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I have my first (new to me mini motor home RV) and I live in Fl. How do I prepare it for a hurricane? Strap it down, cover windows ? I work and can not always leave.
Fred Brandeberry, SR
We were in northern Alabama several years ago, we had Ham Radio, Weather radio, FM radio and the National Weather Channel on our tv and did not detect the twister that ran along the ridge above our campground.
The only communication we found that broadcast this treat was LOCAL TV.
A great article! One thing that I think most RVr’s over look is what county are they in.
Most of the time we know what major city we are close to but NOAA puts the warning and watches out for counties. I don’t have a GPS (yet). I still do things the old fashion way with folding maps (free at most welcome centers) and a good road atlas but still finding the county name amonst all of the other information on a map can sometimes be a chore.
What can you do when there is no safe place nearby? 2 weeks ago we had stopped over night at a friends wooded lot in the country. our NOAA radio put out a tornado warning – there was wind, lightning and rain at the time. there were no ditches or safe building only tall trees which were same as lightning rods. we could have hooked up and left, but not sure where to go. finally just said a prayer and stayed put. fortunately no tornado developed and all was well.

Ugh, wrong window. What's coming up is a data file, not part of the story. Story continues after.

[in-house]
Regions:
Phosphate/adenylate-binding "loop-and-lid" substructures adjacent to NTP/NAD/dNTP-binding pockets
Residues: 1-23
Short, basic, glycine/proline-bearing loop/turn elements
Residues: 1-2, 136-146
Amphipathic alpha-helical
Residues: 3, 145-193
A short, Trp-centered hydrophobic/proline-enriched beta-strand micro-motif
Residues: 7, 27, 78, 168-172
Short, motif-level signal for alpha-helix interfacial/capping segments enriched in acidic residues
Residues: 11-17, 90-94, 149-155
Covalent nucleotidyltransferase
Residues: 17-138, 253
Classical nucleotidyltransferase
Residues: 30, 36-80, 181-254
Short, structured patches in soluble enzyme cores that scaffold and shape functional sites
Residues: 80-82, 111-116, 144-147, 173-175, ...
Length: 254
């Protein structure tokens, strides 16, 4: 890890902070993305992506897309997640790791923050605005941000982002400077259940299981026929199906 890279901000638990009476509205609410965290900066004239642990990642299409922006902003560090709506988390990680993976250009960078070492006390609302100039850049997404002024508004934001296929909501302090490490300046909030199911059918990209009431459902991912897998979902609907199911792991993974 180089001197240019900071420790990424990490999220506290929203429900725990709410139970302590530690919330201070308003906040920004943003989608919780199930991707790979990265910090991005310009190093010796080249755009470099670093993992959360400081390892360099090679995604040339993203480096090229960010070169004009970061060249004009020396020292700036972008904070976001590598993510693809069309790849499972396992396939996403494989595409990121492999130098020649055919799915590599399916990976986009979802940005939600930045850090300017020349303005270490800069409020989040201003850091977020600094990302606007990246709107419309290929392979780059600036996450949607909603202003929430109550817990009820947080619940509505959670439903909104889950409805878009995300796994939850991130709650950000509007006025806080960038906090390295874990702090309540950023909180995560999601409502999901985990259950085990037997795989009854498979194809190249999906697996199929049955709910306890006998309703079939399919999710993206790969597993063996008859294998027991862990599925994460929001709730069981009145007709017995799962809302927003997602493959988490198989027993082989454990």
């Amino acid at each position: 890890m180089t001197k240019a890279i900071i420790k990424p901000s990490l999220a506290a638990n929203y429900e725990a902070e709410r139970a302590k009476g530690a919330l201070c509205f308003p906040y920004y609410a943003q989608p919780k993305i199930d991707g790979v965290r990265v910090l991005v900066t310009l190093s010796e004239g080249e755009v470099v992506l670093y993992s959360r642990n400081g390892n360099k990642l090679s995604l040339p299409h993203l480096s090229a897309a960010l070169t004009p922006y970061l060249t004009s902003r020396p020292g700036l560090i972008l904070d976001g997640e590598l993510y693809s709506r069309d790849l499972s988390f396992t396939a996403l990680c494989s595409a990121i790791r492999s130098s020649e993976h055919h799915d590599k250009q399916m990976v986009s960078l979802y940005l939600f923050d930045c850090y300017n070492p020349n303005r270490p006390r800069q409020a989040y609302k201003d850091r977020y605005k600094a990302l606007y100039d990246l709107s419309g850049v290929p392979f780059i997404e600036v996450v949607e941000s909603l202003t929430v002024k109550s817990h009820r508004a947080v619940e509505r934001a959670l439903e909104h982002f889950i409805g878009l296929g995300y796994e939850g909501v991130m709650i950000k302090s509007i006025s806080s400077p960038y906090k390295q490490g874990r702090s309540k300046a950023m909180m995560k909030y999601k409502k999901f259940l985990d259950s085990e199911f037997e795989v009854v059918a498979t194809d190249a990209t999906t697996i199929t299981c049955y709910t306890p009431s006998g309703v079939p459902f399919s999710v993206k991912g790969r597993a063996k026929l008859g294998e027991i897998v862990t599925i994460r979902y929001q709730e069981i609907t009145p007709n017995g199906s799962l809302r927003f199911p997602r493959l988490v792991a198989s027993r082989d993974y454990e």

Patrick W. Tribbey
As I’ve stated on one of the other blogs: Safety is paramount AT ALL TIMES! However, after reading the above, what does one do when awakened in the middle of a storm with plenty of lightening, hail, rain, etc., and unable to get to a more secure place? (Office, etc.). I have a MIDLANDS Weather Alert radio in the MBR at home, and a portable, (battery/120 V), AM/FM/Weather Band radio in our ‘tag-along’ camper. Plus, whenever possible, I try to find the lastest weather conditions on “The Weather Channel” or local TV station wherever we may be. The movie “TWISTER” is a good example of what can happen. BTW, in that movie, Wakita, Oklahoma is an actual town—–used to live about 15-20 miles from it when I was a kid. 🙂
Everyone please stay safe—no matter what the weather! 🙂
I know this sounds a little strange but…. If I were you I would mount a outside (all weather) speaker which is attached to the WX radio… that way you and allow everyone to hear the emergency broadcast… and even if you have to abandon the RV it will still be on and heard right up to the end…
However, just as we found in the movie “TWISTER” if the TV goes blank…(Don’t know if it will work on the new HDTV’s as they end up going quiet and saying….loss of signal) starts making a buzzing sound and your around the tornadio alley… I wouldn’t wait to hear the WX radio broadcast… seek shelter…
A set of FRS , ham…. hand held radios might also be on the agenda… so you can stay in commucations with the family … no matter where they are… Cell phones work… sometimes.. but locally the hand held radio seem to be the ticket…
Lots to think about here… for safety sake. but not to overdo it… because if you have all this check list… you won’t have time to enjoy why you came… 🙂